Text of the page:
Fantastic Five Fight NEPA Weather

Connor Swagler, Reporter

Enjoy weather-related days off? Don’t work on the grounds crew.

The grounds crew consists of five full time employees, and they are responsible for all snow and ice removal, which means they work when many people on campus do not have to.

Students say they are surprised that such a small crew can take care of weather nuisances so quickly.

“I didn’t know that there are only five full-time people, and that actually really surprises me, especially considering how much snow we tend to get most winters here in NEPA,” said Tara Koskulitz, senior math major.

Laurie Finnegan, Grounds Manager, said a lot of preparation goes into the work crews do on the campus grounds. Snow removal is a coordinated dance, she said.

“We’ll have both brooms going, because we have a lot of sidewalk to take care of. Then I’ll probably have two people on backpack blowers, to clear steps and entryways, because the broom leaves a little mess. Then I will be in a plow truck, and somebody will be in the dump-truck salting,” said Finnegan on the process.

Finnegan said ice is even more difficult to combat because it can damage sidewalks and roads. Ice forms when rain flows into cracks in these structures, and when the temperature drops, water freezes and expands, causing stress on the concrete or asphalt, which can break.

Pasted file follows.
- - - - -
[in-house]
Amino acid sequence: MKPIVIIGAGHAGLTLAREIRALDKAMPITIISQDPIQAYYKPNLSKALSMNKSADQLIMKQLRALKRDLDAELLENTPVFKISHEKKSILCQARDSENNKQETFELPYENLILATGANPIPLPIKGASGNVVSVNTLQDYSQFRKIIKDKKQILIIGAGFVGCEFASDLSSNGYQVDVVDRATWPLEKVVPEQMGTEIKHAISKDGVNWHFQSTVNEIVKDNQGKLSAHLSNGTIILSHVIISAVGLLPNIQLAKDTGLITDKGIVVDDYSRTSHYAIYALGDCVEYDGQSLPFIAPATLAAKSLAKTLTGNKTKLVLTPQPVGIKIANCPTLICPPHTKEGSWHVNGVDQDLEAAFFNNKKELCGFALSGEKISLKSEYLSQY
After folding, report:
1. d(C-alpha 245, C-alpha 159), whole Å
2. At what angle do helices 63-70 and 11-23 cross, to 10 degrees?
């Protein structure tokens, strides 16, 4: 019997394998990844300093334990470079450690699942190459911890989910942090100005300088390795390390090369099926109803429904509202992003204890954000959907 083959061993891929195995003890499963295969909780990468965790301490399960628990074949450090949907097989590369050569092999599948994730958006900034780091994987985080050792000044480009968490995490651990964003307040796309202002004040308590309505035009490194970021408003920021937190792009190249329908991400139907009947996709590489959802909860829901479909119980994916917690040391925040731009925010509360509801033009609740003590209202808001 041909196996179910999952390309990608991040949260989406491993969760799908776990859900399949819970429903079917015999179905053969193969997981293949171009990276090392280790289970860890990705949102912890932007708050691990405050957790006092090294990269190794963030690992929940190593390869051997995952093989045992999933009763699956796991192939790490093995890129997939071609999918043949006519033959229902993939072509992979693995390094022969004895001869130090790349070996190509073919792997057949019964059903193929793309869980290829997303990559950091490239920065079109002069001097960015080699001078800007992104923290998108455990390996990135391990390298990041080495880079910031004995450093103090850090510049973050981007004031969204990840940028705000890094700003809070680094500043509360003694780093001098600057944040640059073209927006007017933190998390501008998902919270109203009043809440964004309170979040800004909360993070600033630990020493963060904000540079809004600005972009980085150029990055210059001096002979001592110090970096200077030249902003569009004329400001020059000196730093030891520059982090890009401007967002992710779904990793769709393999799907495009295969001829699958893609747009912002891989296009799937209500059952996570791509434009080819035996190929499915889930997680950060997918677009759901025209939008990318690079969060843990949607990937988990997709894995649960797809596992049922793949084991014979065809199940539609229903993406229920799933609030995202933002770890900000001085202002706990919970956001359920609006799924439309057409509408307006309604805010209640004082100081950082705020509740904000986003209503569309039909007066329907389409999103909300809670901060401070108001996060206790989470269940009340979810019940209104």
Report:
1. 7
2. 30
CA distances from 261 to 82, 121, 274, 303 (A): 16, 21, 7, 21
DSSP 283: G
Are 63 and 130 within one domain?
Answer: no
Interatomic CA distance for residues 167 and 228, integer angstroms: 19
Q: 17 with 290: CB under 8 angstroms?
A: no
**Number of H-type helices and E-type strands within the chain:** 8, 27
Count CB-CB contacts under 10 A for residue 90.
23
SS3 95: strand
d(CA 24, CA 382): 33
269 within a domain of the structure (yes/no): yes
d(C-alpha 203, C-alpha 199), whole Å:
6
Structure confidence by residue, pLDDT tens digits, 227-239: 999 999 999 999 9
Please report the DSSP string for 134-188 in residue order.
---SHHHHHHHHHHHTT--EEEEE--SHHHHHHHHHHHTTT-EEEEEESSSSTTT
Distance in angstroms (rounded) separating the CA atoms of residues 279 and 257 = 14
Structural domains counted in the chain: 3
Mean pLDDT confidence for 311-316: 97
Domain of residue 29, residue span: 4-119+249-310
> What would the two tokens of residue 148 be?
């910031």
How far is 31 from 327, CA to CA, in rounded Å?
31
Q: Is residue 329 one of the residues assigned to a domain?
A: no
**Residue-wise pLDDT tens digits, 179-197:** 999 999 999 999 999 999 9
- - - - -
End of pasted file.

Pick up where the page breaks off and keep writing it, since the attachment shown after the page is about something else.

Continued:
“If we get a thin coat of ice, we have the gator that has a spreader, which is the utility vehicle you guys see around campus, and we put a thin coating of calcium chloride on the walkways, to make it walkable,” said Finnegan.

But thick layers of ice make the work harder because the damaging effects are greater.

“Thicker ice that we’ve dealt with quite a few times this year, we just back track, and back track, and back track. If it’s a week when the students aren’t here, it’s just staff, we use less product. But when the kids are here, it’s ready to go,” she said.

Finnegan stressed that safety is the crew’s main concerns.

“Even if there isn’t classes, we need the walkways to be safe for you guys,” said Finnegan.

One problem for the crew occurs when students don’t move their cars after they receive campus announcements to do so.  Snow removal can’t be efficiently completed when vehicles are in the lots.

“It’s tough when we’re plowing just to make a roadway, and we have six inches backed up, and then people need to shovel when they move their cars at night. I know that’s difficult, that’s hard sometimes, but we do our best,” said Finnegan.

When dealing with such large machines that are required to move large amounts snow, they appreciate all the help they can receive from students.

“It makes it harder, and the two trucks, our main plow truck,s have very little visibility. One is a dump-truck and the other has a spreader on it, so when the cars move it’s super helpful,”  Finnegan said.

Erik Machi,  senior business major, has seen the effort and he understands that it’s difficult for a small staff to complete such a big task.

“It helps me understand how long it may take sometimes, but seeing the equipment they use, I imagine it can be difficult to have many of them being used at once, as well be costly. Now that I know there are only five members, I see that they do a great job for the little help that is given to them,” said Machi.